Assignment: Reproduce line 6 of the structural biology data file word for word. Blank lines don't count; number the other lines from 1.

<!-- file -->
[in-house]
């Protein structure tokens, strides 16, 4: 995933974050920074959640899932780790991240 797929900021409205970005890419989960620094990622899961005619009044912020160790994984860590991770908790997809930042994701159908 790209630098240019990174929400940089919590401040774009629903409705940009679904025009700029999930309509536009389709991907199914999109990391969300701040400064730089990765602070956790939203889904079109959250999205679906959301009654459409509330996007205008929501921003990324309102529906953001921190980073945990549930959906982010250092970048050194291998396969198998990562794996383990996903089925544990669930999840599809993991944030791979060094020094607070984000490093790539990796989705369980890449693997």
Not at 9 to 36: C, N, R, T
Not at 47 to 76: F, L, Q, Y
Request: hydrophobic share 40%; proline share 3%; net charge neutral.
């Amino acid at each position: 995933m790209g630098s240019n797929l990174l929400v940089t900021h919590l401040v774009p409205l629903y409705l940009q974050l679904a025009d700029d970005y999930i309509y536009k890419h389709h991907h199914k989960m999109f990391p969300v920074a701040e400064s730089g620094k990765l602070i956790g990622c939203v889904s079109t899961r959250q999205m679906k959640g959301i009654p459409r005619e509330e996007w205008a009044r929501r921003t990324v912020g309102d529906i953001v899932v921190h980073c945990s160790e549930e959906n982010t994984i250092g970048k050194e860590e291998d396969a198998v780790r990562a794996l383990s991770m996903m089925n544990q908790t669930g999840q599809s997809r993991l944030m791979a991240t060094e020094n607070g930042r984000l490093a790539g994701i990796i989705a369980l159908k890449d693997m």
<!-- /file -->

């Amino acid at each position: 995933m790209g630098s240019n797929l990174l929400v940089t900021h919590l401040v774009p409205l629903y409705l940009q974050l679904a025009d700029d970005y999930i309509y536009k890419h389709h991907h199914k989960m999109f990391p969300v920074a701040e400064s730089g620094k990765l602070i956790g990622c939203v889904s079109t899961r959250q999205m679906k959640g959301i009654p459409r005619e509330e996007w205008a009044r929501r921003t990324v912020g309102d529906i953001v899932v921190h980073c945990s160790e549930e959906n982010t994984i250092g970048k050194e860590e291998d396969a198998v780790r990562a794996l383990s991770m996903m089925n544990q908790t669930g999840q599809s997809r993991l944030m791979a991240t060094e020094n607070g930042r984000l490093a790539g994701i990796i989705a369980l159908k890449d693997m």